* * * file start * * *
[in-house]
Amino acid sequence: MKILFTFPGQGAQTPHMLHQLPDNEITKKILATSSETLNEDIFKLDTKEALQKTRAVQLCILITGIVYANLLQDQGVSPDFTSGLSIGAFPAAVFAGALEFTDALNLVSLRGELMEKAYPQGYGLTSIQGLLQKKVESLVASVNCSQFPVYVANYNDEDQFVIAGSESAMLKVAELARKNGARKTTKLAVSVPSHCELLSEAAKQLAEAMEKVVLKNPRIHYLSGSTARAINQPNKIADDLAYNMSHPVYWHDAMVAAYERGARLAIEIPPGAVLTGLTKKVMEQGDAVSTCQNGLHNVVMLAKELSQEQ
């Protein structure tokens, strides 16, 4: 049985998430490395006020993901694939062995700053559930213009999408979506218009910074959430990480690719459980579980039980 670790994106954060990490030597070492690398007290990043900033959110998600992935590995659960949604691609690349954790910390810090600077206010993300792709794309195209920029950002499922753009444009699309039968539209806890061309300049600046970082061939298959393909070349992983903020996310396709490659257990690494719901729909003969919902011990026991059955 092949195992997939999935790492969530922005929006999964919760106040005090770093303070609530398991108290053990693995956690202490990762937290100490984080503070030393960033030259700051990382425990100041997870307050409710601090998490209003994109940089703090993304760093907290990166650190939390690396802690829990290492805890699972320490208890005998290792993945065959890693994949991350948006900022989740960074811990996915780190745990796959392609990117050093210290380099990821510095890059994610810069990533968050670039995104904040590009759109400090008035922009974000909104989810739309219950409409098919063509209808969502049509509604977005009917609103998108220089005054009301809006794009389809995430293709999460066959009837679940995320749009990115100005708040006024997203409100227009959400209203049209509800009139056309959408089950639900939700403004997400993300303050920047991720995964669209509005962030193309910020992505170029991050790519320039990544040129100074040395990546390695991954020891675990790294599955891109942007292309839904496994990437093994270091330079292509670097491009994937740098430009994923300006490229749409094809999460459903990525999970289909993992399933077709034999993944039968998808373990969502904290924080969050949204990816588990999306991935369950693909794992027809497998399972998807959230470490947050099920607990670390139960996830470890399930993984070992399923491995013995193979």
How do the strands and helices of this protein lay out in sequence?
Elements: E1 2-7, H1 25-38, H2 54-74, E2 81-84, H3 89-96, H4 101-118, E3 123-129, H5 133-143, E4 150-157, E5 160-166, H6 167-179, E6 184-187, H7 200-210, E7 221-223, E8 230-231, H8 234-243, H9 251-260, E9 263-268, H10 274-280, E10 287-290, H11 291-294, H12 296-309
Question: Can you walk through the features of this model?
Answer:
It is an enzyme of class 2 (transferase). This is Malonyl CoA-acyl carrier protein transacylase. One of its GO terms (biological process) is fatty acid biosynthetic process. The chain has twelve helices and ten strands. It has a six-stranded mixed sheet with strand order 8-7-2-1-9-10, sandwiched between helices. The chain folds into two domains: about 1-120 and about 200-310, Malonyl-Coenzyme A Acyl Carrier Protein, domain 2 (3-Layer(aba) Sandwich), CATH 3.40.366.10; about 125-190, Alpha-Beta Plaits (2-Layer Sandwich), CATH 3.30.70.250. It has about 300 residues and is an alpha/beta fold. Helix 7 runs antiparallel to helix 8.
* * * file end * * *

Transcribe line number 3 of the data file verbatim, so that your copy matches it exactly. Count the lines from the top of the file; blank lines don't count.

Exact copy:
């Protein structure tokens, strides 16, 4: 049985998430490395006020993901694939062995700053559930213009999408979506218009910074959430990480690719459980579980039980 670790994106954060990490030597070492690398007290990043900033959110998600992935590995659960949604691609690349954790910390810090600077206010993300792709794309195209920029950002499922753009444009699309039968539209806890061309300049600046970082061939298959393909070349992983903020996310396709490659257990690494719901729909003969919902011990026991059955 092949195992997939999935790492969530922005929006999964919760106040005090770093303070609530398991108290053990693995956690202490990762937290100490984080503070030393960033030259700051990382425990100041997870307050409710601090998490209003994109940089703090993304760093907290990166650190939390690396802690829990290492805890699972320490208890005998290792993945065959890693994949991350948006900022989740960074811990996915780190745990796959392609990117050093210290380099990821510095890059994610810069990533968050670039995104904040590009759109400090008035922009974000909104989810739309219950409409098919063509209808969502049509509604977005009917609103998108220089005054009301809006794009389809995430293709999460066959009837679940995320749009990115100005708040006024997203409100227009959400209203049209509800009139056309959408089950639900939700403004997400993300303050920047991720995964669209509005962030193309910020992505170029991050790519320039990544040129100074040395990546390695991954020891675990790294599955891109942007292309839904496994990437093994270091330079292509670097491009994937740098430009994923300006490229749409094809999460459903990525999970289909993992399933077709034999993944039968998808373990969502904290924080969050949204990816588990999306991935369950693909794992027809497998399972998807959230470490947050099920607990670390139960996830470890399930993984070992399923491995013995193979």